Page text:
The robbery was pretty serious considering that we now had to get two boats back on one supply of gas. There wasn't much we could do about the thieves loose on the river because they were at least 3 times faster than anything we'd seen on the river and the polica of Peru drive nice cars, but aren't good for much else.
That was a very disappointing experience far all, not just the girls, but we pulled through and everyone is doing better now, but still missing what was stolen.
We pulled into Pucallpa about 7:30ish and between unpacking the boats, packing the truck, and finding a taxi, we probably made it back by 11 or so. I then remembered that I still had a sermon to write in Spanish, so I got to that quick and had it done by 12:30 when I went to sleep.
Sabbath morning I got up a bit earlier than usual and perfected my sermon. I delivered it at church, and the other SMs that were there said it was good, so I was happy. I talked about love, my favorite emotion, citing 1 John 4:16, John 13:34-5, John 15:9-13, and closing with the Love Chapter, 1 Corinthians 13. Good stuff. Those are my verses of the week.
Sabbath afternoon was relatively relaxing, the girls were set on cleaning up their house and the kitchen, so there was a lot of hustle and bustle. Not something I like doing on the Sabbath, but who am I to tell them what to do.
After lunch, Jonathan and I did the dishes and then tried to take a nap, but Jonathan and I ended having a long heart to heart talk all afternoon as we rested. We talked about what kinda woman we want to marry (we have different opinions here), why or why not we thought the Bible to be true, discussed miracles, and conversed about logic mixed with religion. Quite the range of stuff, but it kept us going for several hours.
Last night we played some social games with the girls before stumbling back to our room to watch a movie and then fall into bed to sleep really well.
This last week has been insanely tiring. With living on the river, sleeping little, doing a lot, the mosquitoes, and getting back late, I'm still really tired. For some reason the girls aren't much for sleeping in even after staying up late, so sleeping in around here is something that rarely happens.
I still miss home like crazy, but after living up the river for a week, it isn't so bad here on the compound. Right about now I would do anything to not be sweating 24/7 and to see the beach or hug my mom or take a warm shower. After getting hit this hard by homesickness, I will probably never do this again without taking home with me!! Home is where the heart is, and I left my heart back in Oregon.
Peruvian culture is definitely different from American culture. You're probably thinking 'Duh Anthony', but listen! It's super different! The whole concept of time around here is not cool. I think they just say what you want to hear whether it's true or not. I'm getting sick of that. It's disgustingly dirty around here, every one just burns their trash every night, and in town there's garbage everywhere. Instead of having a problem with overflowing dumps, the Peruvians are just spreading it out.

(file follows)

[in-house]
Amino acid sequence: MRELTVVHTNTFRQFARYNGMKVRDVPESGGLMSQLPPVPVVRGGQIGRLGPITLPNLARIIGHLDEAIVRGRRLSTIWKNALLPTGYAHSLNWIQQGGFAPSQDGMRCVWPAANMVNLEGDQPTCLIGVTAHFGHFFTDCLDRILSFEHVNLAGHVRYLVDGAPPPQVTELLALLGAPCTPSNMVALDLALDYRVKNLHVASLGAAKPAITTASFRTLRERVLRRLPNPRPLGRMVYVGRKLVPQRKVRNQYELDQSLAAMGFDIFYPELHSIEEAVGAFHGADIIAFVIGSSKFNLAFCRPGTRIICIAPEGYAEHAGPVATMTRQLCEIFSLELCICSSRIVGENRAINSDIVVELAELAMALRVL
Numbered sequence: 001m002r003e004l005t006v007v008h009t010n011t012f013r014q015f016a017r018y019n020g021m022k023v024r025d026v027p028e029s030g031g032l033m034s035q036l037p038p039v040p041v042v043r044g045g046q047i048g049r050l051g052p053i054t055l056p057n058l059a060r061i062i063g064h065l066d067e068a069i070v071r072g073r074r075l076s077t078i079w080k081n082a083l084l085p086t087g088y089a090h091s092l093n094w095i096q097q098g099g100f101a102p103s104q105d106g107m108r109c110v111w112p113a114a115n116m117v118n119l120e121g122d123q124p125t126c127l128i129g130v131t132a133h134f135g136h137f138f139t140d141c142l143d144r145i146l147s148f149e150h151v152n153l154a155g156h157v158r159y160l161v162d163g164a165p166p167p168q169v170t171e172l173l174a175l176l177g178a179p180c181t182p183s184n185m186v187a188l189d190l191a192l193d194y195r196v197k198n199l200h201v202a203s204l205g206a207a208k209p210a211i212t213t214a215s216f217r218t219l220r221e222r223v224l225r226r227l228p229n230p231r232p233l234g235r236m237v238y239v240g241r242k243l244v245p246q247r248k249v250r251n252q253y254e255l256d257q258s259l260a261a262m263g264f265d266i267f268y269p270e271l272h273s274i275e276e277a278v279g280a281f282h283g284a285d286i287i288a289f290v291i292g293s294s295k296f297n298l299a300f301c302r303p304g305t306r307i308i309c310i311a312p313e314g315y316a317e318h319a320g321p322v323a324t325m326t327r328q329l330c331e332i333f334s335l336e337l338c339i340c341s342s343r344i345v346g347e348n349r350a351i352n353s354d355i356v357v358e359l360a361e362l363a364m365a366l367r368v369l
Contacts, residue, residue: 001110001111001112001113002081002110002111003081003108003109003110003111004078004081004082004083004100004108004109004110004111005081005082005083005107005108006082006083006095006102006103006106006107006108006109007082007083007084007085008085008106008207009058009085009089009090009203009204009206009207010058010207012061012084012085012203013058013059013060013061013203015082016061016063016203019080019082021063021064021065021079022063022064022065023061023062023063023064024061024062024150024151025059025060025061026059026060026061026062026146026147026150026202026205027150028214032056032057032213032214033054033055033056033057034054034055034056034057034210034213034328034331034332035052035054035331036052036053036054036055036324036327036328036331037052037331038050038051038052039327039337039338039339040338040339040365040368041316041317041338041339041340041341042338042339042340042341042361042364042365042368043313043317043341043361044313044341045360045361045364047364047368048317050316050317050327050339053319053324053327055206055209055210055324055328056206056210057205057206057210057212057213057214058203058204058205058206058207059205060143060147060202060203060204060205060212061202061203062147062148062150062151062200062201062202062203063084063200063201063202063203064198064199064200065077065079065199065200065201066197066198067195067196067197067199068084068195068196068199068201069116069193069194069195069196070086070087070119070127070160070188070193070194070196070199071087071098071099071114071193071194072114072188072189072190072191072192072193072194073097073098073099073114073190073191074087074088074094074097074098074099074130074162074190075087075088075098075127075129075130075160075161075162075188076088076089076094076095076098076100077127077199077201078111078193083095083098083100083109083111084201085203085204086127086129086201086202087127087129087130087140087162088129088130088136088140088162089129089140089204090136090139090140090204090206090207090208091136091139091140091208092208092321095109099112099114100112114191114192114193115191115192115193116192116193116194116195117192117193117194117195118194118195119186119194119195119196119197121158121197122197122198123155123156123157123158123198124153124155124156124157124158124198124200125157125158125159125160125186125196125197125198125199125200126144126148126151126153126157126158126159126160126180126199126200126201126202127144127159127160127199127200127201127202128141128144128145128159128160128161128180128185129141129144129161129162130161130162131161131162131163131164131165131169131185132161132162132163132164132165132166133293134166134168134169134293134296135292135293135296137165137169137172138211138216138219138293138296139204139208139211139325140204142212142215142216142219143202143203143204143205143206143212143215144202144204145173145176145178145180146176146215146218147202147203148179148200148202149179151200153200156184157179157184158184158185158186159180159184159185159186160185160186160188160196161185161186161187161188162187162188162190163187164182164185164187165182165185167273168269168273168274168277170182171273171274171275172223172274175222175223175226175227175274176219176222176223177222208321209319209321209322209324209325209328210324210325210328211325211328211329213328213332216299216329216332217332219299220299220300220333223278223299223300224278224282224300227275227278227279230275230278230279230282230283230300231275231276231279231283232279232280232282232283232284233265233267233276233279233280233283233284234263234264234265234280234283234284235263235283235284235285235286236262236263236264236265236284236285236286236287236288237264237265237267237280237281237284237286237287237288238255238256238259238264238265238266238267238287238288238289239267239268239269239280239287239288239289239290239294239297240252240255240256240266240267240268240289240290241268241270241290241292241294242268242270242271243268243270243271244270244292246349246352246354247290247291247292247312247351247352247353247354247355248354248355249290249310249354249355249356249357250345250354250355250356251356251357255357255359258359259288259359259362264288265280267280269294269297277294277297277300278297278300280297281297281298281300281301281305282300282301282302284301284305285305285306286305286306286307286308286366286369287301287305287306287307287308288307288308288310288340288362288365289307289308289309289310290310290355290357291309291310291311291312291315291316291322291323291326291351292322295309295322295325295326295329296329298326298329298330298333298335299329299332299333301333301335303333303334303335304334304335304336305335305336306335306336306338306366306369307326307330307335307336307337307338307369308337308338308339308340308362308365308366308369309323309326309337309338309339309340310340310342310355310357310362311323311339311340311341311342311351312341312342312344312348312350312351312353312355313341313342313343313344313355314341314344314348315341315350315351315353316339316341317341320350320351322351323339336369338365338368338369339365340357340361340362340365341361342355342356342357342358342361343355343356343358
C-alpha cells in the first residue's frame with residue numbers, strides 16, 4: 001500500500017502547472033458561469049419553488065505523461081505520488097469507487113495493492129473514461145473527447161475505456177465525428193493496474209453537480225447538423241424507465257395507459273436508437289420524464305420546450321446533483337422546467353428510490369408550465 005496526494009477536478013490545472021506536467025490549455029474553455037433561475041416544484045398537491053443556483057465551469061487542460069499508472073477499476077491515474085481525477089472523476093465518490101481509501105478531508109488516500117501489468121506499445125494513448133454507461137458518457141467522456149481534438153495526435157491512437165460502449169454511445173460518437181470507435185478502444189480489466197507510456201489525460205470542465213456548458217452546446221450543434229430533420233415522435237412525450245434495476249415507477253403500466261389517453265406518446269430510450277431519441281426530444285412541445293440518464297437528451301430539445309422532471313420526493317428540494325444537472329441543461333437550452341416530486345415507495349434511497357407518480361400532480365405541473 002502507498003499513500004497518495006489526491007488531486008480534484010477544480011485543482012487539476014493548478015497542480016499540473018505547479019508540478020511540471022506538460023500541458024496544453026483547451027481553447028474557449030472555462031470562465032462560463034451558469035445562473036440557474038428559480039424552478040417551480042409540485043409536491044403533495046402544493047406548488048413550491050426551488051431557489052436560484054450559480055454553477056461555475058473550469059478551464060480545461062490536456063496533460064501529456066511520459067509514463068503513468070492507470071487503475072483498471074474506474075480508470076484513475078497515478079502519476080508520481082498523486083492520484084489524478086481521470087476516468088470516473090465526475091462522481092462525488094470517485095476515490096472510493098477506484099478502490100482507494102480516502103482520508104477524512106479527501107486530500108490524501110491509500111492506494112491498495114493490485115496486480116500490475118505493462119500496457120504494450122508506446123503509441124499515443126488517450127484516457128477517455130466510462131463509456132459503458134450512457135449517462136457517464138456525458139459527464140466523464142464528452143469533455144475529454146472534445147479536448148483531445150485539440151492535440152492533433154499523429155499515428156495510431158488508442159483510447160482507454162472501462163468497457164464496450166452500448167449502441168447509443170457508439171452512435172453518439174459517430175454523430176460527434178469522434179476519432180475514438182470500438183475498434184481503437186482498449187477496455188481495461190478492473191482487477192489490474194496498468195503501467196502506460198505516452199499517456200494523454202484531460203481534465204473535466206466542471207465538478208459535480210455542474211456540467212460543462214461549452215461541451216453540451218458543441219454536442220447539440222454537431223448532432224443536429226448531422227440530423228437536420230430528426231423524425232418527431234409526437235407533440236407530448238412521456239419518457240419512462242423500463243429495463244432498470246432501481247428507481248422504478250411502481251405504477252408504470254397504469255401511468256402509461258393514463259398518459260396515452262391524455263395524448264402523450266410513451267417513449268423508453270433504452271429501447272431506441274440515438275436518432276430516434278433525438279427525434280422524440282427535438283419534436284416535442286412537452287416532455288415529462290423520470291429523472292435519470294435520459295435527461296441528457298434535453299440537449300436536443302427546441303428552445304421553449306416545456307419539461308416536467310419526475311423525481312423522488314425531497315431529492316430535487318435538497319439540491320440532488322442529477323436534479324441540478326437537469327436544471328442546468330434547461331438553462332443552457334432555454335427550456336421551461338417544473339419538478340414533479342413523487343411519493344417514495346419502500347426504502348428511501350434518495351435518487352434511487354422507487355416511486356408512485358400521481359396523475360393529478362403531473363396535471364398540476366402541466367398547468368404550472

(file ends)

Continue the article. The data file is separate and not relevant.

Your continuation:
I miss home. Can't wait to drive my car, skimboard, really relax, not have to worry about if they'll be something to eat, hug my mom, drink good tasting cold water, have internet in my place of residence, and to actually make a difference.
Around here, at least to the places we've gone, the people we've been helping expect to be helped. It's hard to explain, but their mentality is to expect us to serve them. It makes it hard for me to feel like I'm really making a difference. It feels more like I'm living up to what they want, not what they need. In the villages we went to, I saw some medicine already there from other missionaries or from the doctor from before. So are we making a difference or making them dependent on us? I dunno, but it's hard to justify the clinic work when people complain about not getting any medication or because their kid didn't get as many stickers from the dental team or complaining about someone getting called to the doctor before them. Maybe it's just me, but that's what I've been experiencing.
This next week, Jonathan and I are back on the manual labor team! Woot! So we go back to working with the local Peruvian 'Chicos' (as the girls call them), which means learning Spanish! The only way we can communicate with them is our limited amount of Spanish and hand signals, not very efficient. So This will be good!
Off to CampoVerde to post this. Keep praying for me, please please please!! Need all I can get. Pray that God will bring me home safe. I miss home! Keep the girls that got robbed in your prayers, it was a pretty traumatic event getting a shotgun waved in their faces by some screaming Peruvians.
Miss you all. Paz, Esperar, y Amor a todos! (Peace, hope, and love to all!)
Monday, October 4, 2010
It's Sabbath evening and I'm tired. It's been a long week so far, and I really miss home.
Not knowing when I was headed out to the airport, I got up early to say good bye to my mom before she went off to work. Through all my getting ready to go, I have discovered that I really don't like goodbyes. Especially when they have to last for such a long time.
After she took off I chilled at home and worked on getting myself packed and made sure that I had everything I needed. With all the offers of people going to write me letters, I went and got myself some more pens so I would have enough to last.